Patrick Callery moved his family from the sunny life in Santa Barbara, California to the chilling winters in Ottawa, to join the Sprott School of Business family as Assistant Professor in Strategic Management. It was an adjustment, he admits, having not experienced a frigid winter in over two decades, but it is here that he now calls home and where he is developing an extremely rich and pertinent research program—all in the name of saving the planet.

Callery’s research seeks to understand how companies can better position themselves for long-term financial success by providing solutions to environmental problems. He approaches this through two general research themes: corporate strategies and communications around managing risks related to climate change and carbon emissions, and new territory in green innovation to better understand what is necessary for environmentally focused businesses to succeed.

Callery comes to academia after a long and diverse career in industry where he gained invaluable experience and knowledge that has driven him to dedicate his career to research that will contribute to the mitigation of our most pressing global environmental issues. After completing his BS and MS in Mechanical Engineering, he worked five years for Hewlett-Packard in various roles in project management and engineering. During and after the “dot-com” boom and bust of the early 2000s, he worked for a small start-up telecom hardware technology company. It was an exciting place to be because he was able to take on a variety of critical roles within the company and gain exposure to management and strategy, and a more holistic view of running a successful business.

Patrick Callery is an Assistant Professor of Strategic Management at the Sprott School of Business. His research examines corporate sustainability strategies that add value through providing solutions to environmental problems.

Motivated by this experience, Callery earned his MBA in Strategy while concurrently working in equities research in the investment banking industry. However, he felt a bit disillusioned by his role in the world and wanted to do more—he wanted to help businesses move from being the cause of environmental problems to becoming part of the solution. He pursued work for companies in the renewable energy sector, but it was during the financial crisis in the United States in 2008 and many of the businesses just could not survive. As the saying goes: “When life throws you a curve ball, hit it out of the park.” And, that is exactly what Callery did. He recognized the value of all his knowledge from years of industry experience and realized the best way for him to make a difference was to go back to academia where he could contribute as an educator and researcher. So, after 15 years in industry and several degrees, Callery began his next journey—as a dedicated academic, earning his PhD.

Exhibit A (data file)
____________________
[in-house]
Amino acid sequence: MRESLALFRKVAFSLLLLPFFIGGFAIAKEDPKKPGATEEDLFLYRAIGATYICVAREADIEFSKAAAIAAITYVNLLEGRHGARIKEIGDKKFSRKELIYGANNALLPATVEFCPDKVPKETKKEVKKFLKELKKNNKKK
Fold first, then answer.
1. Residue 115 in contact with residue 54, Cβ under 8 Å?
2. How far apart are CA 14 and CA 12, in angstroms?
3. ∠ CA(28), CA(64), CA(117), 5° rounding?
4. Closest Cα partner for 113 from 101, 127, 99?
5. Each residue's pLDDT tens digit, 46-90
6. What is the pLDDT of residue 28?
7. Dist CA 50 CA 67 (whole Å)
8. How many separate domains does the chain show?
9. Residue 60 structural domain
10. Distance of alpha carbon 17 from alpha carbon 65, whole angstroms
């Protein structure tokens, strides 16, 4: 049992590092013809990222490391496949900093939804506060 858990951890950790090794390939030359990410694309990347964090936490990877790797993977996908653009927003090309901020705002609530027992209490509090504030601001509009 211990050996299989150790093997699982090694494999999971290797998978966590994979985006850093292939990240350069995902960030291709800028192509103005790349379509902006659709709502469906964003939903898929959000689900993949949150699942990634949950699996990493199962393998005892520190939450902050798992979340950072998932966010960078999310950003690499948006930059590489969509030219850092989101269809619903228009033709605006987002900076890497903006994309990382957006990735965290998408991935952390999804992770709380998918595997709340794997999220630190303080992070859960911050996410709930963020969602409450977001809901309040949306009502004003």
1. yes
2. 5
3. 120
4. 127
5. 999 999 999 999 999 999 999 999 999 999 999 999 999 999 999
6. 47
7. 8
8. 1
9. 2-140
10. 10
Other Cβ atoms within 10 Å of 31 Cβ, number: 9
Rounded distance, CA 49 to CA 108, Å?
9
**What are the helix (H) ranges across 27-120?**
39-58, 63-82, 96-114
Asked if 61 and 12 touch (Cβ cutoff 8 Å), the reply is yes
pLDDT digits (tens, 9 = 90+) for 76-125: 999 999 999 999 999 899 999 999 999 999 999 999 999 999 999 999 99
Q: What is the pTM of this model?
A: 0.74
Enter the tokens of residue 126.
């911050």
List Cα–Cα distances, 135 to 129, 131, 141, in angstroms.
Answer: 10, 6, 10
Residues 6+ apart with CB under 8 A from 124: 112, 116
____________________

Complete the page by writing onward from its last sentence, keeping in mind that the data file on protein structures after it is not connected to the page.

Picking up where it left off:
Callery has developed his research program to help save the planet, one project at a time. He seeks to understand how companies develop and implement effective strategies around environmental issues related to climate change. Climate change and the associated effects on our planet and society have never been more real, as is the urgency for humans to act now to mitigate the damage. Major corporations face increasing pressures from investors and other stakeholders to act on climate change and other environmental issues lest face significant financial and social implications. Those firms that choose not to act are confronted with regulatory risk, as well as reputation risk—and this is where Callery is highly motivated. His research focuses on understanding company strategies for opportunity and risk management, as well as stakeholder impression management, with the dual aims of helping companies recognize the financial benefits of proactively addressing climate change and helping policy makers devise better regulatory and voluntary programs to reduce industry greenhouse gas emissions.

As the famous Muppet sorrowfully sang, “It’s not easy being green,” the world of business has similarly had a tough time unifying environmentally friendly priorities with its economics. Callery sees that there may be an effective way to navigate this arena and is developing a new research program in green innovation. Motivated by his own experience in the telecom industry, this area of research springboards off his knowledge of advanced core technologies in the solar industry. Callery often uses this analogy:

“During the gold rush it’s a good time to be in the pick and shovel business.” (Mark Twain)

Callery recognizes that there is another way for businesses in the renewable energy industry to be successful. He aims to prove companies that develop innovative business models that improve market uptake are more likely to find success than companies competing to develop the best core technology. Callery is passionate about supporting the system that fosters environmental innovations, looking beyond technologies and seeing how society can interact with these innovations and technologies. “It takes more than just the technologies; it takes innovative market solutions to help them reach their full potential.”

Callery’s life and academic journey has taken many twists and turns, but he has navigated through it all with a desire to make the world a better place. Born and raised in the US and living and working in many states over the years, Callery has found new beginnings here in Ottawa. Ottawa may not have the steady California climate, but it sure has snow, and a fair share of mountains nearby, so at least Callery can pursue his love of skiing—and saving the planet, as a crusader, one pick and shovel at a time.

Thursday, August 8, 2019 in , ,
Share: Twitter, Facebook